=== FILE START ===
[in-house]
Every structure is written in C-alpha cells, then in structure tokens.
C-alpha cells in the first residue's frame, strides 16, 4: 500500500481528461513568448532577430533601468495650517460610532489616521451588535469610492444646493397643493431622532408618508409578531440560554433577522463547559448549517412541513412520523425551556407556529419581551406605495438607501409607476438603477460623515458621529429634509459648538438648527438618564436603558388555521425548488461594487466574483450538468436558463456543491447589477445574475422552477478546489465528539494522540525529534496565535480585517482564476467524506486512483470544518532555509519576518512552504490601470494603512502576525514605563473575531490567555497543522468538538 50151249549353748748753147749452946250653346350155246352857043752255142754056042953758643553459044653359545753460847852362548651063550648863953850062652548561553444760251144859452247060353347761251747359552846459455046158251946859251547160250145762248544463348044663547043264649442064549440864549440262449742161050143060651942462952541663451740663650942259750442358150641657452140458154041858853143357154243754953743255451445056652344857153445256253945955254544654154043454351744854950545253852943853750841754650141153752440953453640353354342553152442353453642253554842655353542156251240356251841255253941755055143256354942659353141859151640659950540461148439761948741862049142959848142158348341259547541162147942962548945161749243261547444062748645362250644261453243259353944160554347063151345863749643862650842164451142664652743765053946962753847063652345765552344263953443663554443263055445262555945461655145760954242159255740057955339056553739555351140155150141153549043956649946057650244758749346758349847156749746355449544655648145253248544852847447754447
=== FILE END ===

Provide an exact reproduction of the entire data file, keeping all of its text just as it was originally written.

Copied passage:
[in-house]
Every structure is written in C-alpha cells, then in structure tokens.
C-alpha cells in the first residue's frame, strides 16, 4: 500500500481528461513568448532577430533601468495650517460610532489616521451588535469610492444646493397643493431622532408618508409578531440560554433577522463547559448549517412541513412520523425551556407556529419581551406605495438607501409607476438603477460623515458621529429634509459648538438648527438618564436603558388555521425548488461594487466574483450538468436558463456543491447589477445574475422552477478546489465528539494522540525529534496565535480585517482564476467524506486512483470544518532555509519576518512552504490601470494603512502576525514605563473575531490567555497543522468538538 50151249549353748748753147749452946250653346350155246352857043752255142754056042953758643553459044653359545753460847852362548651063550648863953850062652548561553444760251144859452247060353347761251747359552846459455046158251946859251547160250145762248544463348044663547043264649442064549440864549440262449742161050143060651942462952541663451740663650942259750442358150641657452140458154041858853143357154243754953743255451445056652344857153445256253945955254544654154043454351744854950545253852943853750841754650141153752440953453640353354342553152442353453642253554842655353542156251240356251841255253941755055143256354942659353141859151640659950540461148439761948741862049142959848142158348341259547541162147942962548945161749243261547444062748645362250644261453243259353944160554347063151345863749643862650842164451142664652743765053946962753847063652345765552344263953443663554443263055445262555945461655145760954242159255740057955339056553739555351140155150141153549043956649946057650244758749346758349847156749746355449544655648145253248544852847447754447